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This Week on Galileo?
June 12 - 18, 2000

Galileo Transitions from Data-Gathering Mode to Play-Back Mode

Galileo begins to transition from a purely data-gathering mode to concentrating on playing back science data stored on its onboard tape recorder. Through the end of this week, Galileo's data transmissions will be shared by the two activities. Observations continue to be performed by the Fields and Particles instruments and the Extreme Ultraviolet Spectrometer (EUV), while playback entails the return of observations made by the Solid-State Imaging camera (SSI), the Near-Infrared Mapping Spectrometer (NIMS), and the Photopolarimeter Radiometer (PPR). These latter observations are not from Galileo's most recent Ganymede encounter on May 20, but rather are from its daring fourth flyby of Io performed on February 22. That flyby was Galileo's closest-ever approach to the volcanic moon, at an altitude of only 198 kilometers (123 miles)! Prior to the Wednesday start of playback, Galileo performs routine maintenance on its onboard tape recorder.

The EUV instrument continues its remote observations of the Io torus this week. The torus is a ring-shaped region of intense plasma and radiation activity, which is maintained by Jupiter's strong electric and magnetic fields and Io's volcanic activity. The data obtained will allow scientists to continue studying the shape and energy output of the torus, and perform long term comparisons with data obtained since Galileo's arrival at Jupiter in December 1995. The Fields and Particles instruments also continue their observation of Jupiter's magnetosphere and surrounding solar wind. These are the final days of the four-week survey, which ends on Tuesday. The survey will provide measurements through the inner and outer magnetosphere and Galileo's transition into the free solar wind, and will help project planners to prepare for joint activities with the Cassini spacecraft starting in October of this year. Cassini will fly past Jupiter in December 2000 on its way to a Saturn arrival in 2004. The Dust Detector instrument (DDS) will continue to collect and return data through Monday of next week. It continues to map the distribution and character of dust streams that emanate from the Jupiter system. A recent analysis of DDS data from Galileo's primary mission through both the GEM (Galileo Europa Mission) and GMM (Galileo Millennium Mission) mission extensions has shown that these dust streams originate with volcanic activity on Io's surface.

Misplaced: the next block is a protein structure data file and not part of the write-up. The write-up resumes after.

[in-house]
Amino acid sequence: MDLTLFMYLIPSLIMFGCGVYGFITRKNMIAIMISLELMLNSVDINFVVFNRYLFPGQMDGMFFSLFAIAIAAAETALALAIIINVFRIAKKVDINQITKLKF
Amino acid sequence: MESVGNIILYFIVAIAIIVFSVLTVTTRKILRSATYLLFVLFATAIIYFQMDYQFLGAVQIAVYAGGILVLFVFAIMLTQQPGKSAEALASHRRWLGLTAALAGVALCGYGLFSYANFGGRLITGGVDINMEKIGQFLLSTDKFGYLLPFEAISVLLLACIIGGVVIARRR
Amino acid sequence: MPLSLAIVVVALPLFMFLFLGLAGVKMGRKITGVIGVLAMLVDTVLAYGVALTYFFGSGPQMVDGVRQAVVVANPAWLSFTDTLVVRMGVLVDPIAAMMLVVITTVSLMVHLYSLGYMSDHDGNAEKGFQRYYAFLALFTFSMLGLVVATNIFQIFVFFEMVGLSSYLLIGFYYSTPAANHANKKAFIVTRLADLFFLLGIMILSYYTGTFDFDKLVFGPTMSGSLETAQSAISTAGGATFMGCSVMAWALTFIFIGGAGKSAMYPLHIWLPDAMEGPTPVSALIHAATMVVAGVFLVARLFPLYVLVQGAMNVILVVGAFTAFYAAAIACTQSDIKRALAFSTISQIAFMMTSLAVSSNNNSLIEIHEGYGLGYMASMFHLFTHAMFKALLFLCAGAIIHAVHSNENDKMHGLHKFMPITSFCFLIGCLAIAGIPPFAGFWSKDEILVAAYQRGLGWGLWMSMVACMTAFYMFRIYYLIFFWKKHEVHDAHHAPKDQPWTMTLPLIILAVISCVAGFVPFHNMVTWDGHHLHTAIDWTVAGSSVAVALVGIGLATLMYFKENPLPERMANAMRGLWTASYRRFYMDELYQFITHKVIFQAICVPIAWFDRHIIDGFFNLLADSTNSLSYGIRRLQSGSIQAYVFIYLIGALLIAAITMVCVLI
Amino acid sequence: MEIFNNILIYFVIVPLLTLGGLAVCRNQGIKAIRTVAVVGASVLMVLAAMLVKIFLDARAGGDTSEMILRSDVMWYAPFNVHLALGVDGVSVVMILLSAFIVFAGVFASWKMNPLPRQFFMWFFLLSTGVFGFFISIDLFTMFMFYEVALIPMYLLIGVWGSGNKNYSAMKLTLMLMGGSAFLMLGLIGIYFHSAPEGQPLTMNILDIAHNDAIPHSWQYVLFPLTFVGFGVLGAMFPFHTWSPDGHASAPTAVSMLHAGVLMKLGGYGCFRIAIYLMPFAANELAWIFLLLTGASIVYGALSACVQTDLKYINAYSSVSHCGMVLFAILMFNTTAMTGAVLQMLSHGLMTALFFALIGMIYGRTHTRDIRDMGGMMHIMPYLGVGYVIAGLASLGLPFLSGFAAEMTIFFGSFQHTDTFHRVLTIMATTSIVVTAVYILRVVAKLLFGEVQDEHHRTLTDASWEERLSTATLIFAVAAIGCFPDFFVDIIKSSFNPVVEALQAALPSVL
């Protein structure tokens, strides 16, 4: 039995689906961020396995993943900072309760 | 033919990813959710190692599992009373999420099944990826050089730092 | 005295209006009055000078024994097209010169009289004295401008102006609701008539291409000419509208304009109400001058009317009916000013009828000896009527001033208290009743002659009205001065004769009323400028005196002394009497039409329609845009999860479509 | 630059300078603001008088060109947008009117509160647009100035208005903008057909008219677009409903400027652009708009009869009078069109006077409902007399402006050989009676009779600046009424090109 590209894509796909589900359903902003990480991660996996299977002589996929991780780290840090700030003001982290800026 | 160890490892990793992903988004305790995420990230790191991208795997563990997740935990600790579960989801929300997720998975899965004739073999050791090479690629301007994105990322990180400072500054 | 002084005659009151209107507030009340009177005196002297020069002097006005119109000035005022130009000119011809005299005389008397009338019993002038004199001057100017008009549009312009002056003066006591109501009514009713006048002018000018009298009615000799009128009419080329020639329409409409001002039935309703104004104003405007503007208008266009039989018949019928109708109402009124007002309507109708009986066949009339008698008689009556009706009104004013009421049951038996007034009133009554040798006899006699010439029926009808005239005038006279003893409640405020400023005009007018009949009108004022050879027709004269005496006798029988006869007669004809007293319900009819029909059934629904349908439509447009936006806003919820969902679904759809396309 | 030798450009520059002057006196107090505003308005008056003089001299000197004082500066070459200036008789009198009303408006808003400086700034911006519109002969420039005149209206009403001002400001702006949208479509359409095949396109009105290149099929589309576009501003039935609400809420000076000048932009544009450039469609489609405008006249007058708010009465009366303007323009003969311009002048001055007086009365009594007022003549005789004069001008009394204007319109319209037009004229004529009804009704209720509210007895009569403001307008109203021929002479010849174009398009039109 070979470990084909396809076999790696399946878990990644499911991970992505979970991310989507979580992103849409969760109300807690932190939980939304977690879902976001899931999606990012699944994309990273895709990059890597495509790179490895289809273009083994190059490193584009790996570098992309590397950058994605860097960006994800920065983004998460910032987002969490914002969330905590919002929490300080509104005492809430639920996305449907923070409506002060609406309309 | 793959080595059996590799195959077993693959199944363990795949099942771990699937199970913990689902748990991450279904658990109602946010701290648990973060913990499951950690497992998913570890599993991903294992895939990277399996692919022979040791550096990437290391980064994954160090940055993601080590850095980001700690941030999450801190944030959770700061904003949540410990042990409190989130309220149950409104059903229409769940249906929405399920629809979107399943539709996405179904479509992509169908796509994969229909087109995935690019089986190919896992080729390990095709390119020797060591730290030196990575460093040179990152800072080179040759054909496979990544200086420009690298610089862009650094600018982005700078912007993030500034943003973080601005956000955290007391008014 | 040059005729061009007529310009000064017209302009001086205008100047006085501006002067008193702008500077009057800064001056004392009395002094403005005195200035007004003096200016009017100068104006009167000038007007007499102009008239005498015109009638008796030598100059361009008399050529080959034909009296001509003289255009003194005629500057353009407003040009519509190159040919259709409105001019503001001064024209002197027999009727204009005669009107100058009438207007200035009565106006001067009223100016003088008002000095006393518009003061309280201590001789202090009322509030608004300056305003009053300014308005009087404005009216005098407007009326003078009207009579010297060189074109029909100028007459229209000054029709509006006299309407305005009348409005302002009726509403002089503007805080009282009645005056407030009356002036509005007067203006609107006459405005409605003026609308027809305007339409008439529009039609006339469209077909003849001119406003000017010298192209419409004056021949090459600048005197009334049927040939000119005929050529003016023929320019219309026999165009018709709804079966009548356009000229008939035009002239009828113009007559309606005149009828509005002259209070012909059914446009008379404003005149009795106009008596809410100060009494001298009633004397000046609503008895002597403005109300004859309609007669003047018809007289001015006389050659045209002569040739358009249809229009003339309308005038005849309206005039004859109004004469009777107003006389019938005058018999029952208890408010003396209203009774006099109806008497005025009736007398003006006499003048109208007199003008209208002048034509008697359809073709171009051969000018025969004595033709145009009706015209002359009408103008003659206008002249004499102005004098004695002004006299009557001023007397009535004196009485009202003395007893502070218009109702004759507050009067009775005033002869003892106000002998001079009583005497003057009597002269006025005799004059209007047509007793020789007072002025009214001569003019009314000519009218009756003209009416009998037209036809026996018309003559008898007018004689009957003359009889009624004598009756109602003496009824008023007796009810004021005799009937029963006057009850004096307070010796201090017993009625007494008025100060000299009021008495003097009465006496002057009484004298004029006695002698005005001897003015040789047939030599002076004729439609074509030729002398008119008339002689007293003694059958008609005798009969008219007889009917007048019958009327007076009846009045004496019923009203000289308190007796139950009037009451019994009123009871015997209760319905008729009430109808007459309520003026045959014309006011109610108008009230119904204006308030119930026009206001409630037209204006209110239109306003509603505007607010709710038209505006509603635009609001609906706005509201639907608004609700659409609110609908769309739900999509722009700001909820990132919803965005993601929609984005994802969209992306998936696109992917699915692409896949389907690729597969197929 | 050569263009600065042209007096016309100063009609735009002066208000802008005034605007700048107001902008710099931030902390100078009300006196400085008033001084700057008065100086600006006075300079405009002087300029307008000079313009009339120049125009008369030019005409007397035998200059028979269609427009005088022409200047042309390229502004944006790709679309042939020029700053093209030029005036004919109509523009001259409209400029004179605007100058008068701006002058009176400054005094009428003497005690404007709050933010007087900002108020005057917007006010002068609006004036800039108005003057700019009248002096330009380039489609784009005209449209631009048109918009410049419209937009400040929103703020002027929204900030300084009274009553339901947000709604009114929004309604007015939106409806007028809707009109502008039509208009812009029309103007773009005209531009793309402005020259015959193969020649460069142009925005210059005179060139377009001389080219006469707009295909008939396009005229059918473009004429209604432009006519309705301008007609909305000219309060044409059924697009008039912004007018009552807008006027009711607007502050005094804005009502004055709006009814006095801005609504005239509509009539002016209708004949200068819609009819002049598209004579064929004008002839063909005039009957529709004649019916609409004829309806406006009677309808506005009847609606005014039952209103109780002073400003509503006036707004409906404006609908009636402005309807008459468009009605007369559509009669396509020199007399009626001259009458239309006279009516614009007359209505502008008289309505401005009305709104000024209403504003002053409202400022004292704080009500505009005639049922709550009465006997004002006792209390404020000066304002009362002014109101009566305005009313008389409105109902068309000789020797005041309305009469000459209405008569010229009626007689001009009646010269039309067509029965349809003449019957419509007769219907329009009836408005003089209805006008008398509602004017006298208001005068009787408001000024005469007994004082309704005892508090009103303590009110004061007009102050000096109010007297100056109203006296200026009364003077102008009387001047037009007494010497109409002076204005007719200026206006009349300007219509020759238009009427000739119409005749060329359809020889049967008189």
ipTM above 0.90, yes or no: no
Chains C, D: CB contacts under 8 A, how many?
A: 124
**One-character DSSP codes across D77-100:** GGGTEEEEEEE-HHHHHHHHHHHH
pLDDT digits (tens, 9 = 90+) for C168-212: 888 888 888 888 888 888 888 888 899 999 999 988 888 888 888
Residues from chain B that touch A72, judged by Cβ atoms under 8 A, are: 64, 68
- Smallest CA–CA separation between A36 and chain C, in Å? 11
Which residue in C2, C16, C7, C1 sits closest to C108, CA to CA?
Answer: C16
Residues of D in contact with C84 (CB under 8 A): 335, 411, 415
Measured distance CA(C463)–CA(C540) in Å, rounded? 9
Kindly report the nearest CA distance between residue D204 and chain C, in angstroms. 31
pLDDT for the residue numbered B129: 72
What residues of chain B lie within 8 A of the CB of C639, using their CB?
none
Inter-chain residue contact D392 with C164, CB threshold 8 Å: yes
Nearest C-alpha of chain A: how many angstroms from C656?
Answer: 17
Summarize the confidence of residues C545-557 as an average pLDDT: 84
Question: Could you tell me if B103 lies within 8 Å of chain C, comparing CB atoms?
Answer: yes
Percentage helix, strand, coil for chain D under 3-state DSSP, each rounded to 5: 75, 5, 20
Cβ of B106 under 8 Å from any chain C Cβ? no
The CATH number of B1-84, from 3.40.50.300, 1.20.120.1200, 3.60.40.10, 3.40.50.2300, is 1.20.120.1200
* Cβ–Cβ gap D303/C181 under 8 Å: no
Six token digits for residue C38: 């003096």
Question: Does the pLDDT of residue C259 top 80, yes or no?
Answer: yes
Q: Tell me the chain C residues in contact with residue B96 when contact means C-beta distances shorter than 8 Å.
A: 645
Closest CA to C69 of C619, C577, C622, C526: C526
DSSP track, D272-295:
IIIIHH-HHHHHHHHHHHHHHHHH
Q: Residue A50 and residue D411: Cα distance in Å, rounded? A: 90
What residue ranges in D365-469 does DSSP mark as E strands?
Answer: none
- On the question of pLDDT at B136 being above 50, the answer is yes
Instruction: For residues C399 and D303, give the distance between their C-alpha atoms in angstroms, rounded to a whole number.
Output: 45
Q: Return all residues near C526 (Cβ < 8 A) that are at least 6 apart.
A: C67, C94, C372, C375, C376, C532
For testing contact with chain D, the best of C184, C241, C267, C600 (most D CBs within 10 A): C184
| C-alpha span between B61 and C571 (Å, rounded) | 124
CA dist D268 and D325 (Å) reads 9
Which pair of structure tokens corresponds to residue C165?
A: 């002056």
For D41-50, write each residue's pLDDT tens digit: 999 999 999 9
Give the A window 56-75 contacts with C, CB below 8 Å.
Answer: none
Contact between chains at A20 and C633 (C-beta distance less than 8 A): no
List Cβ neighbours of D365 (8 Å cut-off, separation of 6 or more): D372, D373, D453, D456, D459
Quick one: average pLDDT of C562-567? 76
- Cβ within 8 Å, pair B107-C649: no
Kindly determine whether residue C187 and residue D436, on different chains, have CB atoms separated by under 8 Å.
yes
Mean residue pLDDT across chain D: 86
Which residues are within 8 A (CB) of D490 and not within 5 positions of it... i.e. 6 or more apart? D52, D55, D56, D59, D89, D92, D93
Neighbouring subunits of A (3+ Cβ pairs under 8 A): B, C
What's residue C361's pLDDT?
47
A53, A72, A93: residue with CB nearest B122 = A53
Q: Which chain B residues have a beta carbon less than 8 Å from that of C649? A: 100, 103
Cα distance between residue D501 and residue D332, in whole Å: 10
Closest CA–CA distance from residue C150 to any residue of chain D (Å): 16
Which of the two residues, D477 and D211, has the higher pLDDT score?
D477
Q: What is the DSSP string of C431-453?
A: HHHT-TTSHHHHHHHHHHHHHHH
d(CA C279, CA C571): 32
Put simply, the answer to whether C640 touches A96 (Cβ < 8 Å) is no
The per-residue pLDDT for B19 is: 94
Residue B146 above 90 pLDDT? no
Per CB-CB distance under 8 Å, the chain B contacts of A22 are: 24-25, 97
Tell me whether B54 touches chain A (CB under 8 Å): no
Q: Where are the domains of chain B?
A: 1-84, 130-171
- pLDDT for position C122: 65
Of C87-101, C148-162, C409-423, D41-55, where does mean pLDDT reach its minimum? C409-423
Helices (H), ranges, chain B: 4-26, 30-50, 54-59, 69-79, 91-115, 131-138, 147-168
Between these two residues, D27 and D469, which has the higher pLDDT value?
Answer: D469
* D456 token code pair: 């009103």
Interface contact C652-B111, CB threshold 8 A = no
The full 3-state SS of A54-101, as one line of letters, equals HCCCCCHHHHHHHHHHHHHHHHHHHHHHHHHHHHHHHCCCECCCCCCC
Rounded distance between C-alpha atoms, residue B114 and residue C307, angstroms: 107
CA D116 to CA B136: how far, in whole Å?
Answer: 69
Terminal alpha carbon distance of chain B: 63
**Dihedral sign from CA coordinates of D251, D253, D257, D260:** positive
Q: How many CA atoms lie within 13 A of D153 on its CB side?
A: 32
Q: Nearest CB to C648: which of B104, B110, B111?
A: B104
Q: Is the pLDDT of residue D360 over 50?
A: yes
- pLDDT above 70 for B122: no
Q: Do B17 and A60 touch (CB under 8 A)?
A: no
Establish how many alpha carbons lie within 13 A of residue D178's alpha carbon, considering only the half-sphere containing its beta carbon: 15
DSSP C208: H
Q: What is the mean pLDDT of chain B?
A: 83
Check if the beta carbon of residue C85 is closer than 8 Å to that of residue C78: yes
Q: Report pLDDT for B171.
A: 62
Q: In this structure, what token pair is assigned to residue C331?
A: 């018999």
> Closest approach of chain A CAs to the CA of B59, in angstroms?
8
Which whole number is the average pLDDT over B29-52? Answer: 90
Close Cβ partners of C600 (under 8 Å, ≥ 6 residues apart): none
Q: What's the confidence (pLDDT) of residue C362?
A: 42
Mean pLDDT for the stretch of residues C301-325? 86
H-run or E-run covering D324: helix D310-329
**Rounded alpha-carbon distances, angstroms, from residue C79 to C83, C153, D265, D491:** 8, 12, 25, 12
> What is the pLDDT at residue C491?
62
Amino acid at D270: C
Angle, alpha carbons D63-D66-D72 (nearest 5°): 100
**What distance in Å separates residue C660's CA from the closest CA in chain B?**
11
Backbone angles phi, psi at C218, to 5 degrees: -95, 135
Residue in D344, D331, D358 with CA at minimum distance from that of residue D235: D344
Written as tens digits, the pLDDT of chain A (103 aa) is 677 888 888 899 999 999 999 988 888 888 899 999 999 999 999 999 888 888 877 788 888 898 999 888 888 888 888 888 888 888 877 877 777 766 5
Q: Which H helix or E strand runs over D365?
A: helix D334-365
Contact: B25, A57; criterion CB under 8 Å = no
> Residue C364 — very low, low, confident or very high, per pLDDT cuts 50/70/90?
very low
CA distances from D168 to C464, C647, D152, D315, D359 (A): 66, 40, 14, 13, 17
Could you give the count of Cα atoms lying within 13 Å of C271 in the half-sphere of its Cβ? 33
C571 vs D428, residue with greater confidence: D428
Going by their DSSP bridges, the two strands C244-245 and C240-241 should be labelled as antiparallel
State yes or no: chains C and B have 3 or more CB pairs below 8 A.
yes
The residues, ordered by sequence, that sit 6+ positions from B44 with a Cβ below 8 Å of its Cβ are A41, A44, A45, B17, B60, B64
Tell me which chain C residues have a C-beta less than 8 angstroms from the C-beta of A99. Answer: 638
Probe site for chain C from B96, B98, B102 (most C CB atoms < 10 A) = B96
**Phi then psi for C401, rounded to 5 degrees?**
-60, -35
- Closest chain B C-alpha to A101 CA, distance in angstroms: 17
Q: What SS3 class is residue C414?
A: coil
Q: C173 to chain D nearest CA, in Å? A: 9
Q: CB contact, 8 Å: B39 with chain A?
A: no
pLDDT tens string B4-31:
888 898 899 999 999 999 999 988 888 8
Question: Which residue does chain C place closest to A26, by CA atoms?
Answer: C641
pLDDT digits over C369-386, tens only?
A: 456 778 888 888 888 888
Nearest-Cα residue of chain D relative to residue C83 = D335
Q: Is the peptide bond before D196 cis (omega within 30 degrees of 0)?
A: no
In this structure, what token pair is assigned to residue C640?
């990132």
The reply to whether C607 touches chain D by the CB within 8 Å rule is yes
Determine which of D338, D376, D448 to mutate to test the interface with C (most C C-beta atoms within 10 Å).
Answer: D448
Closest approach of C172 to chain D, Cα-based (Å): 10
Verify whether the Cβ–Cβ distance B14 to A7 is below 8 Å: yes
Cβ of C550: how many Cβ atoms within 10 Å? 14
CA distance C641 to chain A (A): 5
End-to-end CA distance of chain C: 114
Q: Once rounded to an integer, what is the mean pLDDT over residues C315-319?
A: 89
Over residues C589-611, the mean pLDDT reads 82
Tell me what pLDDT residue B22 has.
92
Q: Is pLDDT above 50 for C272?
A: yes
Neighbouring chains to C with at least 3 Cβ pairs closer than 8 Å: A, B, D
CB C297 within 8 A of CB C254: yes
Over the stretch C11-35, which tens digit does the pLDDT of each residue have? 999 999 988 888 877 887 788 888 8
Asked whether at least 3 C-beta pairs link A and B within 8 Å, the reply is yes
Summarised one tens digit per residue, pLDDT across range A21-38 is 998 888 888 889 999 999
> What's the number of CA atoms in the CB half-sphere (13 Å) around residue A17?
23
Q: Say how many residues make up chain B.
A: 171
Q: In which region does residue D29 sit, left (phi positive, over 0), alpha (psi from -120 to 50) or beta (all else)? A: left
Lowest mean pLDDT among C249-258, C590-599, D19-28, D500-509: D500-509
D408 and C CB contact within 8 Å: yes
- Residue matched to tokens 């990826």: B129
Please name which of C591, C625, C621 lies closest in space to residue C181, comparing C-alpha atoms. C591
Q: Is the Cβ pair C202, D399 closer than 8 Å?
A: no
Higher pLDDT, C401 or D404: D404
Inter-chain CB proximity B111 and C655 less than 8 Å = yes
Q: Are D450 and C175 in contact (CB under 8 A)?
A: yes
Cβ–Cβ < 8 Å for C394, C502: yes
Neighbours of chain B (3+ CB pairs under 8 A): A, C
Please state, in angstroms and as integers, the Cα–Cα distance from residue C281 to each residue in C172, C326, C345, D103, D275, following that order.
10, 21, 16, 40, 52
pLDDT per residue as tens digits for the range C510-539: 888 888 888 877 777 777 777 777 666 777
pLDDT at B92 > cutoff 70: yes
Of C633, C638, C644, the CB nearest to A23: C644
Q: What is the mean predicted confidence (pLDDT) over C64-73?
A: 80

Playback schedules for the latter half of the week contain the return of three observations. In the first, SSI returns an observation of Io's Prometheus volcanic region. The observation captures the Prometheus plume source and active lava flow at a resolution of approximately 13 meters (43 feet) per picture element. The next two observations are returned by NIMS, with additional PPR data contained in the second. An observation of the Chaac Patera region contains only NIMS data. The Chaac region includes areas on Io that are informally knows as "golf courses" because of their greenish color and their shape. The final observation, containing additional PPR data, is a mosaic of several volcanic regions on Io.

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Last updated 10/01/01.

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